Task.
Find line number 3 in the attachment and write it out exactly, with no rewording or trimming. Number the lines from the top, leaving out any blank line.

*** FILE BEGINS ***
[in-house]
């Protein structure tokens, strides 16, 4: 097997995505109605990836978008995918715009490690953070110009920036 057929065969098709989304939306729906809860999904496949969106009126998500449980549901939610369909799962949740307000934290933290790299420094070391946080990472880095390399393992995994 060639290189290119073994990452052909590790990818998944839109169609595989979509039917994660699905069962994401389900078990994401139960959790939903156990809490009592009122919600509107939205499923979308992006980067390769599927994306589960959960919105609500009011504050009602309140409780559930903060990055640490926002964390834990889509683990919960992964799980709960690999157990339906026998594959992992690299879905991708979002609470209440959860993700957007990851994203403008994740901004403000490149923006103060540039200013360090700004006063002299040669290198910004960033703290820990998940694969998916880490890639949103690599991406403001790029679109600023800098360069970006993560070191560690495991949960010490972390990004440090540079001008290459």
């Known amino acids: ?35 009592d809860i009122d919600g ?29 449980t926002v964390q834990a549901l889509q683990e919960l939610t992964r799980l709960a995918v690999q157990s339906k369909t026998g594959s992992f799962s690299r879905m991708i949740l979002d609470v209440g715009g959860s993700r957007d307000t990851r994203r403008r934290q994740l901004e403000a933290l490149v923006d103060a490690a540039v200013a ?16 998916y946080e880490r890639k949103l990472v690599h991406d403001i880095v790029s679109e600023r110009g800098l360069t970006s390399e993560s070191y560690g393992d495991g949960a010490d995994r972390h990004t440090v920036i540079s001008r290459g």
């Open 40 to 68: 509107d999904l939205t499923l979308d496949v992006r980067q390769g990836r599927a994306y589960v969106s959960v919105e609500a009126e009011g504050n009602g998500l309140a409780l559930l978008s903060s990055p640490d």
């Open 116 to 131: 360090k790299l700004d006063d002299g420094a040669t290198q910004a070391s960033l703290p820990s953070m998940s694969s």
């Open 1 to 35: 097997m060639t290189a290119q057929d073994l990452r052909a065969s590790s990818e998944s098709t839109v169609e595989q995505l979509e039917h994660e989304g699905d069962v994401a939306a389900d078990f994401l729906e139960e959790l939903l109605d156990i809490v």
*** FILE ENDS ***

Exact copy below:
């Known amino acids: ?35 009592d809860i009122d919600g ?29 449980t926002v964390q834990a549901l889509q683990e919960l939610t992964r799980l709960a995918v690999q157990s339906k369909t026998g594959s992992f799962s690299r879905m991708i949740l979002d609470v209440g715009g959860s993700r957007d307000t990851r994203r403008r934290q994740l901004e403000a933290l490149v923006d103060a490690a540039v200013a ?16 998916y946080e880490r890639k949103l990472v690599h991406d403001i880095v790029s679109e600023r110009g800098l360069t970006s390399e993560s070191y560690g393992d495991g949960a010490d995994r972390h990004t440090v920036i540079s001008r290459g």